Get Help from St. Louis Drug Rehab Centers in Coping with Withdrawal

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Heroin is considered the most addictive illegal drug on the planet. This is one of the reasons why heroin usage throughout the United States has increased exponentially over the last few years. Sadly, St. Louis is not spared from this unfortunate trend. According to a report from KMOV St. Louis, two more men were recently arrested for possession of heroin:

Kentucky Derby

“Two St. Louis-area men face charges after they were found passed out in a Louisville police parking lot after the Kentucky Derby early Sunday morning.

Darelle Simmons, 37, and Dwight Brown, 44, were both charged with public intoxication, possession of an open alcoholic container in a motor vehicle, possession of marijuana and first-degree possession of heroin.

Police say officers discovered heroin and marijuana in bags sitting on Simmons’ lap, as well as open beer and wine containers in the SUV’s center console.”

The addictive nature of heroin makes it an incredibly difficult habit to break. However, just because it is difficult to stop taking heroin doesn’t mean that it is impossible. Although success stories do not circulate as frequently as stories about arrests, many people recover from their addictions with the help of St. Louis drug rehab facilities like Midwest Institute for Addiction.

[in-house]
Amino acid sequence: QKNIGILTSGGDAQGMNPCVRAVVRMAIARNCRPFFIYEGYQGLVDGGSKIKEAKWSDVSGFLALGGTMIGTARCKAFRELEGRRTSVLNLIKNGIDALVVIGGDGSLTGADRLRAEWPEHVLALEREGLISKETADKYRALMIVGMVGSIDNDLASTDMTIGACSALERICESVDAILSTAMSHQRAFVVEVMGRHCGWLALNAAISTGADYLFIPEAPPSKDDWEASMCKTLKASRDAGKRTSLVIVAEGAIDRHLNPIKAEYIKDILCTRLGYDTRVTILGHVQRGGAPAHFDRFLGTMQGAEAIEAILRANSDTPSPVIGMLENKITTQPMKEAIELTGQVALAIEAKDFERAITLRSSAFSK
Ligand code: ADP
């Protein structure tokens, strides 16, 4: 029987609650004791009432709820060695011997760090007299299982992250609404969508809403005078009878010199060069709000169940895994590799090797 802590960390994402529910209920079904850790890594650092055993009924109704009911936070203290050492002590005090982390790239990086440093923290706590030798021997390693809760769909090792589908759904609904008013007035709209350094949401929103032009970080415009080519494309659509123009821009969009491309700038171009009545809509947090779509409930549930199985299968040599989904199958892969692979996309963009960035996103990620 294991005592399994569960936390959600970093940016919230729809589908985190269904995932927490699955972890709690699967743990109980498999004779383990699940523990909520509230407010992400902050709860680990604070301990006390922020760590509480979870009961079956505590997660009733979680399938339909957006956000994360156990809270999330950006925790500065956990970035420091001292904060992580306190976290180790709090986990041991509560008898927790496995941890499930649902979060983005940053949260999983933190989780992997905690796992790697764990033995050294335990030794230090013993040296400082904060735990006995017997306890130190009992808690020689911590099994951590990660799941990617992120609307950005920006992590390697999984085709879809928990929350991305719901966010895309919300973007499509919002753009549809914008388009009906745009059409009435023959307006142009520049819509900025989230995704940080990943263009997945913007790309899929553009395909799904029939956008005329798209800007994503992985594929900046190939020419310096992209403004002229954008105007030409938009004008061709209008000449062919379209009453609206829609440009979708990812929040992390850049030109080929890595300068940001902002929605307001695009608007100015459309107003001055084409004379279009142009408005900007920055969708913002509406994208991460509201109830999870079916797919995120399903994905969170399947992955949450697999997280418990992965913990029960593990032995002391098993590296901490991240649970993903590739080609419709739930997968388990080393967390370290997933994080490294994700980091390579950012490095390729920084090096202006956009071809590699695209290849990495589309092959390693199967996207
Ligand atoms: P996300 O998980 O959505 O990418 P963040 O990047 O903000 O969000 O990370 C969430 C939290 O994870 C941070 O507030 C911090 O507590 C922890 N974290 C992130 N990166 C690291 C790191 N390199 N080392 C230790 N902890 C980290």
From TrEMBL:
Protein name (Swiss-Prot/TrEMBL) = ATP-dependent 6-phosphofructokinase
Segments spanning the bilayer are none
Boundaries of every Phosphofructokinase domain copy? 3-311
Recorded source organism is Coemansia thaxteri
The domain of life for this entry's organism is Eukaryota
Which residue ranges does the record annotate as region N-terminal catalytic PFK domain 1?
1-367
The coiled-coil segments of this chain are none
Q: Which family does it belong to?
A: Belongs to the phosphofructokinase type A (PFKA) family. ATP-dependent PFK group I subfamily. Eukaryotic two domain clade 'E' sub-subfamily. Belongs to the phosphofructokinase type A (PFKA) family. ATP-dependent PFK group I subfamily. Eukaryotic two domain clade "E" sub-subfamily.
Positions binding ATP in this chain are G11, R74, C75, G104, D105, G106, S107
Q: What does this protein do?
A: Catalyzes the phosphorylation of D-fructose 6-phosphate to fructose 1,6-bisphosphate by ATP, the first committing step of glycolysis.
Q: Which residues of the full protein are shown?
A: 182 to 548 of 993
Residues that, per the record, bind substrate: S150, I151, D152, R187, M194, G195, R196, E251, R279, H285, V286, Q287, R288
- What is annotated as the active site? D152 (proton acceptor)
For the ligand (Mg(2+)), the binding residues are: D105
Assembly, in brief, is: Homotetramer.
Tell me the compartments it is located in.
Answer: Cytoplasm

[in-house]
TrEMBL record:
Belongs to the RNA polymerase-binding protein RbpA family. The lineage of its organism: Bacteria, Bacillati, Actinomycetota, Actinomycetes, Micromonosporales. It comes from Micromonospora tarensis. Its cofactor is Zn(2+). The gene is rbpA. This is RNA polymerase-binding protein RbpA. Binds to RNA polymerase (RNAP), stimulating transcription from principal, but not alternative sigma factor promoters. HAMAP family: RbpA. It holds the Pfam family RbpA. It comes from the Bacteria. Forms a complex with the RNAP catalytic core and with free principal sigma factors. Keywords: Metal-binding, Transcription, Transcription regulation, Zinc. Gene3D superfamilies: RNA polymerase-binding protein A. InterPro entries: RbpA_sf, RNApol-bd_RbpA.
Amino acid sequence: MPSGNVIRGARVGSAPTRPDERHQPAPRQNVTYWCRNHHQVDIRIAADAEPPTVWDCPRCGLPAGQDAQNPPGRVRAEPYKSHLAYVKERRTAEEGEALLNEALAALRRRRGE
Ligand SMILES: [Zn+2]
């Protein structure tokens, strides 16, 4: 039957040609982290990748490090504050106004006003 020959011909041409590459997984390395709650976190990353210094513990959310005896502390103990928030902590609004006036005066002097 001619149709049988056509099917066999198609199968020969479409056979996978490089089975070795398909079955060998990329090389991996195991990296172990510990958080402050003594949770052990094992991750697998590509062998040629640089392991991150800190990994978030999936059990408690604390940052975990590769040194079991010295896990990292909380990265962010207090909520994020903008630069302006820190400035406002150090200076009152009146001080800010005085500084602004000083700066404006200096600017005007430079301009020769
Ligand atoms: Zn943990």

Should you wish to avoid professional drug rehab in St. Louis, you can always opt to quit heroin on your own. Know, however, that this is an option that is more difficult, primarily because you have to face withdrawal symptoms on your own. If you still wish to push through with this decision, here are a few tips to help you better cope with your withdrawal symptoms:

Drink Water

Once you stop using heroin, your body will begin to detox itself of the substance through urine, sweat, etc. To help facilitate this expulsion of toxins, drink lots of water. Not only does it keep you hydrated, it can also help you cope with headaches, constipation, and many other withdrawal symptoms.

Proper Sleep

It may be difficult to fall asleep, but do your best to get the recommended eight of hours of sleep during your detox period. Your body heals the fastest when you are asleep, so get as much of it as you possibly can.

Frequent Exercise

As you recover, your body will desperately try to convince you that you need to “shoot up”. Ignore every temptation thrown your way. Hitting the gym, cycling, and other forms of exercise will help keep your mind off the craving for heroin. At the same time, exercise helps increase perspiration and urination, allowing you to expel even more toxins from your body.

(Source: 2 local men found passed out in police parking lot after attending Kentucky Derby; KMOV St. Louis; May 5, 2014)